by Bryan Taylor
About The Author
Bryan Taylor is a double PK, a preacher’s kid of a preacher’s kid. With that legacy he faced two destinies, being an unhappy triple PK (Jubilees 17:23, “He that is born unto the son of a preacher and himself preaches shall be miserable until his dying day and suffer eternal damnation.”), or being sacrilegious and happy.
He decided to forsake the Southern Baptists for Catholicism, but when he applied to join a convent, he was rejected (sex discrimination!), so he decided to do the next best thing: write a novel about the three nuns he would most like to meet.
Bryan Taylor was born in Louisiana, grew up in Michigan and Texas, went to school in Tennessee, South Carolina and California,
taught in Switzerland for a year, and has traveled to 50 countries, more than any Pope except Saint John Paul II. He now lives in California, which is one of the few places with people crazier than him.
Author LinksWebsite: http://www.threesistersnovel.com/
About The Book
Genre: Humor, Satire
Publisher: Dragon Tree Books
Release Date: July 23, 2013
Nuns just want to have fun! But when three former Catholic nuns, Coito Gott, Theodora Suoraand Regina Granthave too much fun and get in trouble with the law, they become nuns on the run.
Driving back to Washington D.C. where they work at the Kennedy Center for the Performing Parts, the three sisters are arrested in Tennessee. After defeating the local deputy in strip poker, they escape from jail, and are pursued by the zealous Detective Schmuck Hole, who has personally offered a $10,000 reward for their capture on the 700 Club. Little do they know that when the three sisters visit the Washington Monument, their lives will change forever.
Set in 1979, The Three Sisters is a sacrilegious satire that skewers not only organized religion, but the government, the media, intellectuals, corporate greed and every other part of the establishment. Maybe not the greatest story ever told, but possibly the funniest.
“Blessed are they who read The Three Sisters, for they shall inherit eternal laughter.” — Matthew 5:66
“The most pestilential book ever vomited out of the jaws of Hell.” — Billy Sunday
“Les trois soeurs valent bien une messe.” – Henry IV
“Lasciate ogne speranza, voi che leggete Le Tre Sorelle.” – Dante Alighieri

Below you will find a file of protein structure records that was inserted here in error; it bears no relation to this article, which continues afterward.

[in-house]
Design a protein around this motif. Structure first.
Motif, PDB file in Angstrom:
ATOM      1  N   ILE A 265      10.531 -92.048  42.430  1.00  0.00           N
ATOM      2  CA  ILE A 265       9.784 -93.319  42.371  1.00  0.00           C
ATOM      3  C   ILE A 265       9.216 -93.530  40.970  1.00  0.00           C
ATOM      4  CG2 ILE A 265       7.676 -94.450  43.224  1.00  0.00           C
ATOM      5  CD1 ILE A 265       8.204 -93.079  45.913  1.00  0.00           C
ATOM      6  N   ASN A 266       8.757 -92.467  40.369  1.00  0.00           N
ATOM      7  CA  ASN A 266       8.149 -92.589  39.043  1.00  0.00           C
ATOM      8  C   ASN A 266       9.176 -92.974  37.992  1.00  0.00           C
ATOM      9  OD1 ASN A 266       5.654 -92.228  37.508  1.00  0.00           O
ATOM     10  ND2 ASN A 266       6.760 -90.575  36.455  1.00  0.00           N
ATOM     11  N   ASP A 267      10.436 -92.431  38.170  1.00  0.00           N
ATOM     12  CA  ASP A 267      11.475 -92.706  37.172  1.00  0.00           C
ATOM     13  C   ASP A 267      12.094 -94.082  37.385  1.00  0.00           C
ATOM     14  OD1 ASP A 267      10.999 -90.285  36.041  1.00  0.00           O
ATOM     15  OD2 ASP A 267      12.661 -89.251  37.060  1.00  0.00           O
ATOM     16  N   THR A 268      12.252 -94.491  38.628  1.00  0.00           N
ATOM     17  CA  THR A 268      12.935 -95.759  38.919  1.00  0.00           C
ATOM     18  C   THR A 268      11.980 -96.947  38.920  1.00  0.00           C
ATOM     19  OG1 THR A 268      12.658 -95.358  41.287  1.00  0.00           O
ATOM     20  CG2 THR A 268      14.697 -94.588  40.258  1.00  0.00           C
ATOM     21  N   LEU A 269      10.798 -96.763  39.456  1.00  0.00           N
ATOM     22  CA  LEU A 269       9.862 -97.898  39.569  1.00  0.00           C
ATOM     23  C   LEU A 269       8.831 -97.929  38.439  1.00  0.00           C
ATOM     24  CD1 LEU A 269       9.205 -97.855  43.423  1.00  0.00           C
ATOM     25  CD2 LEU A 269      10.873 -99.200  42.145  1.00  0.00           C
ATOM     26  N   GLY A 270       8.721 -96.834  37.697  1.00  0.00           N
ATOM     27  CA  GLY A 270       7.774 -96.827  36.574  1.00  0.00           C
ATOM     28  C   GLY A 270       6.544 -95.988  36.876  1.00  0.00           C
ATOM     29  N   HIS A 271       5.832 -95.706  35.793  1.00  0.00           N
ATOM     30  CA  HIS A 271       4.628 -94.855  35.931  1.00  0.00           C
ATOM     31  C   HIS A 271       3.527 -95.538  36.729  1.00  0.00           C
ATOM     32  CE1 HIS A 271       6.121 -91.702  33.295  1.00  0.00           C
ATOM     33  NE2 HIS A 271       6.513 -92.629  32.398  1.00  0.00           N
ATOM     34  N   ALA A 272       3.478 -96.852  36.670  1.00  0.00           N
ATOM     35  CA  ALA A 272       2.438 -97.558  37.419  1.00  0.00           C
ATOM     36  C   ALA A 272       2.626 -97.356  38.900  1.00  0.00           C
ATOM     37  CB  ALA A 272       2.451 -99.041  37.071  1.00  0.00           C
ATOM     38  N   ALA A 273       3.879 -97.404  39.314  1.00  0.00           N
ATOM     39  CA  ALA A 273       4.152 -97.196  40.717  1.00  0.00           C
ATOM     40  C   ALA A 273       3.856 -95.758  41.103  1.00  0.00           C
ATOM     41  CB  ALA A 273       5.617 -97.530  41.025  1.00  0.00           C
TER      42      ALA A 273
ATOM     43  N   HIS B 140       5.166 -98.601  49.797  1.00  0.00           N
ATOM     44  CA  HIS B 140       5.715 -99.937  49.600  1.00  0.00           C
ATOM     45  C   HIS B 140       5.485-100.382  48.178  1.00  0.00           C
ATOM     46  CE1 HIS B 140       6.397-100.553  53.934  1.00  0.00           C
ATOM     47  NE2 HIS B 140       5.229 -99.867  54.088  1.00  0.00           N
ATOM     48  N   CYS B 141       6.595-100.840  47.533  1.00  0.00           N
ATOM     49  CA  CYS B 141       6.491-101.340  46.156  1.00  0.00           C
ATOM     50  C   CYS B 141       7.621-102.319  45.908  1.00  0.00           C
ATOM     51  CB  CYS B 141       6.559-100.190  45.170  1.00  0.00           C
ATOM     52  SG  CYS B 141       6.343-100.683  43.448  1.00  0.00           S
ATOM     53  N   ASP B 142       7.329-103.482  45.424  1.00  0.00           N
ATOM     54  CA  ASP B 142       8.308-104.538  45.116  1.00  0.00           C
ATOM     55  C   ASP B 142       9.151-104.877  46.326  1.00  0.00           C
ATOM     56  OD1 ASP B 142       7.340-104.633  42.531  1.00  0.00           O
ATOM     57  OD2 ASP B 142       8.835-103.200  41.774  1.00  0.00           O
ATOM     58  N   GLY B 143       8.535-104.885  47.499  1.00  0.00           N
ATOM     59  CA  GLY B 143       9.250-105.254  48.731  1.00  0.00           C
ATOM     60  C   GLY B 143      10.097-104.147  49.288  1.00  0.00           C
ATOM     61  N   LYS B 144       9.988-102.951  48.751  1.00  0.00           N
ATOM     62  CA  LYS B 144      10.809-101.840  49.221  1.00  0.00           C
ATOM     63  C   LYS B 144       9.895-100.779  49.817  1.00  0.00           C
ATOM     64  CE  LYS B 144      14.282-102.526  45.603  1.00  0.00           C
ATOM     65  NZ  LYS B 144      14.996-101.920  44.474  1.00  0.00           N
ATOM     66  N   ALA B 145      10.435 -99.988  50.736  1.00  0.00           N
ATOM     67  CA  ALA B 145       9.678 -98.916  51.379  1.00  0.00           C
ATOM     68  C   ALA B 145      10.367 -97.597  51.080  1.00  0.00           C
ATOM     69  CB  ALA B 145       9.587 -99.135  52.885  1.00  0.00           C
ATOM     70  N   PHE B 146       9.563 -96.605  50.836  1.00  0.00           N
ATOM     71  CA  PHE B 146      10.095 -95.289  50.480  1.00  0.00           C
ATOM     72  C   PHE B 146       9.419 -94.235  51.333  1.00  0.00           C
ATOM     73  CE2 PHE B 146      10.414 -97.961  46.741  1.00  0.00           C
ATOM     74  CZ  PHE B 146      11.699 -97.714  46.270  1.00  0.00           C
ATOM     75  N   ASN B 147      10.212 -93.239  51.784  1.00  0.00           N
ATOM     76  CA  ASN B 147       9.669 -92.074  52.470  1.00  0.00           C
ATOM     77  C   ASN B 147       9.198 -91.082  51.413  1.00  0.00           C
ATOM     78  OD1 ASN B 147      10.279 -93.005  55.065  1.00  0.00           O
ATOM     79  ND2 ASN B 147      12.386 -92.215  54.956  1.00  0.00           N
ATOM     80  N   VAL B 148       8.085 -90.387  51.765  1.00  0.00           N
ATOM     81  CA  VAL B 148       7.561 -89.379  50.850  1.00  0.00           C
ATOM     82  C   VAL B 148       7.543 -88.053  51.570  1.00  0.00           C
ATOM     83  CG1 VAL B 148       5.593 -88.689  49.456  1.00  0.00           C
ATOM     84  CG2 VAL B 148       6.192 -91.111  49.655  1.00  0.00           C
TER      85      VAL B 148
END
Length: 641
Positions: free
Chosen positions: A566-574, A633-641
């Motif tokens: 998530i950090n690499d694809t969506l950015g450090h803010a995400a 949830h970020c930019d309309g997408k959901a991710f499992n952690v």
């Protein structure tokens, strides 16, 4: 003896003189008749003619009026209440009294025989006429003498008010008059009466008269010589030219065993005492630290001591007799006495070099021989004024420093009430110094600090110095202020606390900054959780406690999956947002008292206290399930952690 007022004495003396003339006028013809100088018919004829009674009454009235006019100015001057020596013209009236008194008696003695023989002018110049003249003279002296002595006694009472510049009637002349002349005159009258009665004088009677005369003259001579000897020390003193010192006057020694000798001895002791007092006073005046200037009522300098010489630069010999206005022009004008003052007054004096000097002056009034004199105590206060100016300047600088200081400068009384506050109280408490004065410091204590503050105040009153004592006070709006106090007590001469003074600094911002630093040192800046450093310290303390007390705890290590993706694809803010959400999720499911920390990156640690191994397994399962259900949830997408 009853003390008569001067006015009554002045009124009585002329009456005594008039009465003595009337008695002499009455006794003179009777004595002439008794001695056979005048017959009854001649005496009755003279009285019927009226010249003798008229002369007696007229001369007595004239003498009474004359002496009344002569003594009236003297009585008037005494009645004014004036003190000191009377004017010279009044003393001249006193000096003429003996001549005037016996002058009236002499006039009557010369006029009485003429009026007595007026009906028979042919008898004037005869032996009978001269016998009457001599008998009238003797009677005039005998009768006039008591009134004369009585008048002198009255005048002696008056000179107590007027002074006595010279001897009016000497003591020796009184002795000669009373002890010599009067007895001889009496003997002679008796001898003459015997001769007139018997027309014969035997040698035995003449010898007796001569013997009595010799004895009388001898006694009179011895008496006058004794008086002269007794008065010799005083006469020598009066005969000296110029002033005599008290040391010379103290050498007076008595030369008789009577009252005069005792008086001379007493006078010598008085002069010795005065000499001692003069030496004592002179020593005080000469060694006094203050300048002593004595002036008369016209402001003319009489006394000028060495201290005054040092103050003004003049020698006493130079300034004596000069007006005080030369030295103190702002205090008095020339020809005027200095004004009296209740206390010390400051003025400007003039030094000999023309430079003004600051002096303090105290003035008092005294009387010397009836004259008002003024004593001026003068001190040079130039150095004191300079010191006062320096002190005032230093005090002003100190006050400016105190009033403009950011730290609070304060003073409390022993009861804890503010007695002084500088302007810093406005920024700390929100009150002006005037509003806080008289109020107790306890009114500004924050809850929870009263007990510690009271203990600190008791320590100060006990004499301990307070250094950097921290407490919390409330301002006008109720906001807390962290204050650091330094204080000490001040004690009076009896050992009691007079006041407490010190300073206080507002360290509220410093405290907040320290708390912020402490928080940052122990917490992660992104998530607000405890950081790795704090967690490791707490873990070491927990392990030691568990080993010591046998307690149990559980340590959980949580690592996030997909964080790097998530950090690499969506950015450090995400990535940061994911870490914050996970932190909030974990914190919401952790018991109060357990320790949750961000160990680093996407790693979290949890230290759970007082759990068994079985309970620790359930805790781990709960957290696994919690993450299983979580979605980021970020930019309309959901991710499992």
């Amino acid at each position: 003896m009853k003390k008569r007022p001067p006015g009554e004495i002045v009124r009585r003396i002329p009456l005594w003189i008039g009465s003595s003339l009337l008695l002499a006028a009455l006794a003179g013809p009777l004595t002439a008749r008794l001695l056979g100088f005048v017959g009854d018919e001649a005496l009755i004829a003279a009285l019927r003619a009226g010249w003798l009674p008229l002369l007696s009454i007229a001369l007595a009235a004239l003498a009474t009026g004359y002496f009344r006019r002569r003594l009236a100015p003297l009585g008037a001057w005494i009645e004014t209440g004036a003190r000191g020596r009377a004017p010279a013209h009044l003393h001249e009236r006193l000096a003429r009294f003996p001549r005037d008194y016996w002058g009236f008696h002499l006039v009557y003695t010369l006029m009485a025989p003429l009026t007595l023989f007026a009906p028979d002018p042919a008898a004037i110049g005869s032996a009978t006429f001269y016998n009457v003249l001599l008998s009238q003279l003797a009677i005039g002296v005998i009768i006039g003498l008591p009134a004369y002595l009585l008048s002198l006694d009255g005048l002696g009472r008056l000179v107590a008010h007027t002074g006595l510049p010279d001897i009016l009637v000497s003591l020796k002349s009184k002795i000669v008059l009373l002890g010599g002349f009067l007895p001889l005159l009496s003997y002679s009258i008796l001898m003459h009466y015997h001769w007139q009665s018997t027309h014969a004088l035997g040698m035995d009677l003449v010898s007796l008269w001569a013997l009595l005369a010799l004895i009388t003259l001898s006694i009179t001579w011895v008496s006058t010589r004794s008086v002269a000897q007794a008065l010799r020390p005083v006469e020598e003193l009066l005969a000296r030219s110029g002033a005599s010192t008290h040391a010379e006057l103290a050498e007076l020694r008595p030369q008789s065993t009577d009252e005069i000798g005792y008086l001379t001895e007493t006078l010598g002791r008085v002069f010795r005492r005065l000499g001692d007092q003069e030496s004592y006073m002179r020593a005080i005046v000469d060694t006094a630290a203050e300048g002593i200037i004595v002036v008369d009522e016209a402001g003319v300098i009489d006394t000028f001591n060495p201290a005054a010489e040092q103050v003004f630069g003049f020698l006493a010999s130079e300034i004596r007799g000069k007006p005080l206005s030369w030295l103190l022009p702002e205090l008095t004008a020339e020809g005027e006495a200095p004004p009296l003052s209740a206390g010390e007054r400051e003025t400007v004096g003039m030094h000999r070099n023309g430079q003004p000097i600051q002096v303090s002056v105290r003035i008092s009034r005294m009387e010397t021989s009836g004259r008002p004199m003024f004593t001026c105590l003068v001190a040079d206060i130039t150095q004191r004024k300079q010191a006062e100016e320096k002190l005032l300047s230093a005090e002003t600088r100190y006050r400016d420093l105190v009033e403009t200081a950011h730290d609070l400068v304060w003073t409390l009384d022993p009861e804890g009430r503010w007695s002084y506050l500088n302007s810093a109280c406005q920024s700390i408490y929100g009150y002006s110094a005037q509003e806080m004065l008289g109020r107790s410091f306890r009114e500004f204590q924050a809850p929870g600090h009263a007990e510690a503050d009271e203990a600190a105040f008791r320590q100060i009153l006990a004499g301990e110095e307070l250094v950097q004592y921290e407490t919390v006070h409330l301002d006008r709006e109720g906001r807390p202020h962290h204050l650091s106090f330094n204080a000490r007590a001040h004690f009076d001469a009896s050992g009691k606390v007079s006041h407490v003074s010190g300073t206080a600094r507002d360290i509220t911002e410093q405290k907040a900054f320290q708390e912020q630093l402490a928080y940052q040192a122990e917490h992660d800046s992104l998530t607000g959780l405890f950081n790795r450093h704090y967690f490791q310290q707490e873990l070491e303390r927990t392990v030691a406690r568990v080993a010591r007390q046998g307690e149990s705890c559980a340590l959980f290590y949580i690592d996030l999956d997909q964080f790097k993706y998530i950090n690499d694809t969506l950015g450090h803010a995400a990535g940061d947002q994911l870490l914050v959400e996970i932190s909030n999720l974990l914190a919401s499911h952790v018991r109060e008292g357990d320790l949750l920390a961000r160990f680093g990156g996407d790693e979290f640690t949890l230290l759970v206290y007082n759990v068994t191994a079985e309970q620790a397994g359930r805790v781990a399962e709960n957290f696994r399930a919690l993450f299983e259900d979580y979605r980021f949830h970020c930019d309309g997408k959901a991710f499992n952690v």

Warning: The Surgeon General has determined that reading The Three Sisters may lead to Eternal Damnation. Side effects may include a renewed sense of humor and a better sex life.
The college I was at had a small Newman Club for committed collegiate Catholics, who still spent most of their youthful years behaving more like St. Augustine than Cardinal Newman. Some of my friends and I set up a Joyce Club as a refuge for lapsed Catholics, and during our years there, we successfully filched several members of the Newman Club and got them to join our own. Whenever this occurred, I could share the great joy the father in the Bible must have experienced when the Prodigal Son returned home, or the shepherd had found his lost sheep. Working with this close-knit group of friends and learning from each other made college worthwhile. Moreover, there were hundreds of naïve young freshmen each year ripe for corrupting whom I could gird up my loins for, exchange jelly for juice, and turn them into cynics with amazing ease.
Academic life also gave me the opportunity to express my artistic talents in ways that impressed my coterie of college friends. When it snowed, a not infrequent event in Chicago, we created chionic masterpieces that lasted until the sun melted them away. Some were conventional, like Marie Antoinette Gets the Guillotine, but when the college was too cheap to build new sidewalks for its students we put together a column of legless snowmen and snowwomen sitting on their carts and pushing themselves along with paper signs on them saying, “Chicago’s disabled demand new sidewalks!” Thus we married the avant-garde to social activism.
We would also create living art, recreating and transmogrifying great works of the past. The one that got me and my fellow artists into real trouble was when we recreated Da Vinci’s Last Supper with me in puris naturalibus as The Naked Maja recumbent upon the table in front of Christ and his disciples. If the college officials had complained about the anachronistic juxtaposition of Da Vinci’s Cenacle and Goya’s Ode to Pubic Hair as the Christ and his disciples argued over who was going to pay thirty pieces of silver for me, I would have understood their objections, but instead they complained about my full frontal nudity, even though I was as faithful to Goya’s original as I could be. Sure, Billy Sunday wouldn’t have liked it, but he had died decades before. We referred to our masterpieces as Mama Art, the indirect descendent of Dada Art.
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